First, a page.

Paper No. JAWRA-09-0138-P of the Journal of the American Water Resources Association (JAWRA). Discussions are open until six months from print publication.
Constructing an Interdisciplinary Flow Regime Recommendation1
Article first published online: 26 JUL 2010
© 2010 American Water Resources Association
JAWRA Journal of the American Water Resources Association
Volume 46, Issue 5, pages 892–906, October 2010
How to Cite
Bartholow, J. M. (2010), Constructing an Interdisciplinary Flow Regime Recommendation. JAWRA Journal of the American Water Resources Association, 46: 892–906. doi: 10.1111/j.1752-1688.2010.00461.x
- Issue published online: 26 JUL 2010
- Article first published online: 26 JUL 2010
- Received September 8, 2009; accepted May 19, 2010.
- aquatic ecology;
- fish habitat;
- river restoration;
- sediment transport;
- stream temperature;
- watershed management
Bartholow, John M., 2010. Constructing an Interdisciplinary Flow Regime Recommendation. Journal of the American Water Resources Association (JAWRA) 1-15. DOI: 10.1111/j.1752-1688.2010.00461.x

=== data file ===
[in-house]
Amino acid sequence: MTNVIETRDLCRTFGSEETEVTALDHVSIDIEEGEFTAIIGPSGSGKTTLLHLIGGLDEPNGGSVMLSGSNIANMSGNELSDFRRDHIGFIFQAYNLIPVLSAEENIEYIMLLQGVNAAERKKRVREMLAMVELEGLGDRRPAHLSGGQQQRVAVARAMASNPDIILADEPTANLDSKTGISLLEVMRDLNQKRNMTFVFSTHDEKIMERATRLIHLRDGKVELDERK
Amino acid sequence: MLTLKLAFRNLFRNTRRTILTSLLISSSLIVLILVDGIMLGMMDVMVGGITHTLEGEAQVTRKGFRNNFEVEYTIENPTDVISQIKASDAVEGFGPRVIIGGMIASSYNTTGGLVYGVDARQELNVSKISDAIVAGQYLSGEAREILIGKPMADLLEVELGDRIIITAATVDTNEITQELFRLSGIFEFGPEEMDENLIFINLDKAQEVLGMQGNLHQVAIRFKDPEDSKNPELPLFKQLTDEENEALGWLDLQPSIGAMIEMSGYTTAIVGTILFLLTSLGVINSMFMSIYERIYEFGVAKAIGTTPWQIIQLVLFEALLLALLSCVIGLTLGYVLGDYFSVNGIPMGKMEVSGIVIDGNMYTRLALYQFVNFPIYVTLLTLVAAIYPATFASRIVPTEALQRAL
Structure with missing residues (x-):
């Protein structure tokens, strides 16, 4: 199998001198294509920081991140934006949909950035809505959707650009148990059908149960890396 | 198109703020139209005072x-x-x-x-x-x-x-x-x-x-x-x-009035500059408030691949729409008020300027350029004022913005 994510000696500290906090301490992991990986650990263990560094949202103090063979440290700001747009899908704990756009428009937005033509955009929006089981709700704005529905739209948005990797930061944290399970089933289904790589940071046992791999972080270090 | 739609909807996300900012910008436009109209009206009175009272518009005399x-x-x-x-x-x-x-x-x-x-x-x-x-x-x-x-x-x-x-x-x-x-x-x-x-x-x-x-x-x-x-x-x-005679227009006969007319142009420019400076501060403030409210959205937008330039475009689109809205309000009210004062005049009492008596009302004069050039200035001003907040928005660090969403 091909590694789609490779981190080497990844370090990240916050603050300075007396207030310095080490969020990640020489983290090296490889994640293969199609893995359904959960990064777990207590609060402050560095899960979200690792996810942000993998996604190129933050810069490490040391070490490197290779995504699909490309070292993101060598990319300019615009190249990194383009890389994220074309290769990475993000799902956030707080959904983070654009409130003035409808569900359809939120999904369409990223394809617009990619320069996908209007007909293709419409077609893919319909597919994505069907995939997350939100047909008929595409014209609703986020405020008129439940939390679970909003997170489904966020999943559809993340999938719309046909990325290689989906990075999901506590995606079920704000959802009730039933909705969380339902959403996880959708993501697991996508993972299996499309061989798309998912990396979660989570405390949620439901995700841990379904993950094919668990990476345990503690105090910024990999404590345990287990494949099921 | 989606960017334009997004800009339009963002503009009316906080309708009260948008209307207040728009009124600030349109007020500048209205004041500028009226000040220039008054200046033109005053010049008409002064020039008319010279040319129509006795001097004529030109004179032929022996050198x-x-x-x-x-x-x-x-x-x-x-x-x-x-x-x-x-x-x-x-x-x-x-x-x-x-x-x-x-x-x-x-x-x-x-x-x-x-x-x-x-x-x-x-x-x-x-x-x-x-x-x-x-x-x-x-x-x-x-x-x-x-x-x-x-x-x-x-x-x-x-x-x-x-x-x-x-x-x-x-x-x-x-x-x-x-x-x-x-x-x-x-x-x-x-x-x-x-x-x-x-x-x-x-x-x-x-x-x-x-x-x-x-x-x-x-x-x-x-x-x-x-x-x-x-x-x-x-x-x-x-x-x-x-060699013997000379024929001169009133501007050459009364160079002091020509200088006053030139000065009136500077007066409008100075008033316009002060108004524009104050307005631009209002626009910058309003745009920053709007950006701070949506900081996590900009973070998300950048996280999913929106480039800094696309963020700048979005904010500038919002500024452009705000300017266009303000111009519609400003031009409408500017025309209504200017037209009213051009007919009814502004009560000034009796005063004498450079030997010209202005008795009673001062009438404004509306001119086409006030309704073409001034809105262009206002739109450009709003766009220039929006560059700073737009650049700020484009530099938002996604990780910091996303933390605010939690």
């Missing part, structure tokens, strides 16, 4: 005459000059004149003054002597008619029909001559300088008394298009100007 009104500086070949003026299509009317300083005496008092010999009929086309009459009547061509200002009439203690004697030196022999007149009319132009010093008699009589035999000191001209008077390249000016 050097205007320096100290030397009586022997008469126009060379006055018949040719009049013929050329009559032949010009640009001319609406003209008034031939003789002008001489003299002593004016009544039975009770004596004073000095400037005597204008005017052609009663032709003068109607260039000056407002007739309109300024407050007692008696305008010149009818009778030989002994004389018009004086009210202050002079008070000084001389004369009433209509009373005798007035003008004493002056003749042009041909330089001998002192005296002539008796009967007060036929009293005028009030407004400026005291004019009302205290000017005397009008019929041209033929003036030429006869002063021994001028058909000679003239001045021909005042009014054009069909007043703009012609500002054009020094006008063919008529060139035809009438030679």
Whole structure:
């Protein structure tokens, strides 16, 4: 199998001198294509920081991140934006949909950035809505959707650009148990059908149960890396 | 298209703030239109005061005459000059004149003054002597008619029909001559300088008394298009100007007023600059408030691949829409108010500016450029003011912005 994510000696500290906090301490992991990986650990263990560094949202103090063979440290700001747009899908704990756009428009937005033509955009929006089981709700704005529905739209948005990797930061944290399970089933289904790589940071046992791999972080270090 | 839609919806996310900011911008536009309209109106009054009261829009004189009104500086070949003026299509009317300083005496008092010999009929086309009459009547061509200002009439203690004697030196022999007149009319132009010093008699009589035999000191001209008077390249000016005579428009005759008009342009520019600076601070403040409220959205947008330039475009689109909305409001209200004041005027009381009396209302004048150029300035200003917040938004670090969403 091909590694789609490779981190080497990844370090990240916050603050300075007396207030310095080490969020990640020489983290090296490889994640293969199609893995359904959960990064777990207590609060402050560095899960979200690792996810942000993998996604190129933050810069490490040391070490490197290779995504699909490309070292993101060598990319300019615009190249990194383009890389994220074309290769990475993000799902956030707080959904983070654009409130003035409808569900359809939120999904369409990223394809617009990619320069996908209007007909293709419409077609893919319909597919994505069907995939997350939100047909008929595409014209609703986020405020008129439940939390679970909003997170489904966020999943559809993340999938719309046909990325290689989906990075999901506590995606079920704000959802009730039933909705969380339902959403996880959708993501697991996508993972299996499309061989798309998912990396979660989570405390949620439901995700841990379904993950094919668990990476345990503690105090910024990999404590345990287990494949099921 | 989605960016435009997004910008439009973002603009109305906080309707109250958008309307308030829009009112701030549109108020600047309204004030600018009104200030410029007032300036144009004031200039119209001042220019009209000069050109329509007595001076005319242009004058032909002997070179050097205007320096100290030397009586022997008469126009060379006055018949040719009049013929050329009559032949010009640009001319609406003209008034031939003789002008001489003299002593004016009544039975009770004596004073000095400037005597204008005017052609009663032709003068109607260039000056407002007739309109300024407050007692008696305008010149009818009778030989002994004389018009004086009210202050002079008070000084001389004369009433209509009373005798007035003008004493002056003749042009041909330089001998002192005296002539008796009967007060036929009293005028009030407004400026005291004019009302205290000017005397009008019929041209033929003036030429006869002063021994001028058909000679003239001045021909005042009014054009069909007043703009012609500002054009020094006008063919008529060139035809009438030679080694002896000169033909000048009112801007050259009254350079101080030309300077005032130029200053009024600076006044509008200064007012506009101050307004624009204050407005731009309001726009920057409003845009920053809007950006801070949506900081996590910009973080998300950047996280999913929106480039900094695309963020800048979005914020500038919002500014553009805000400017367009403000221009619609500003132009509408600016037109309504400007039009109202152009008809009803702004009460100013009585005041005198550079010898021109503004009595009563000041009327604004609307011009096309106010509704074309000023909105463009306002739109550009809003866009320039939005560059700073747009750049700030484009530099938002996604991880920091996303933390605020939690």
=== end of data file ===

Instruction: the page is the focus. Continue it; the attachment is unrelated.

Abstract: It is generally agreed that river rehabilitation most often relies on restoring a more natural flow regime, but credibly defining the desired regime can be problematic. I combined four distinct methods to develop and refine month-by-month and event-based flow recommendations to protect and partially restore the ecological integrity of the Cache la Poudre River through Fort Collins, Colorado. A statistical hydrologic approach was used to summarize the river’s natural flow regime and set provisional monthly flow targets at levels that were historically exceeded 75% of the time. These preliminary monthly targets were supplemented using results from three Poudre-specific disciplinary studies. A substrate maintenance flow model was used to better define the high flows needed to flush accumulated sediment from the river’s channel and help sustain the riparian zone in this snowmelt-dominated river. A hydraulic/habitat model and a water temperature model were both used to better define the minimum flows necessary to maintain a thriving cool water fishery. The result is a range of recommended monthly flows and daily flow guidance illustrating the advantage of combining a wide range of available disciplinary information, supplemented by judgment based on ecological principles and a general understanding of river ecosystems, in a highly altered, working river.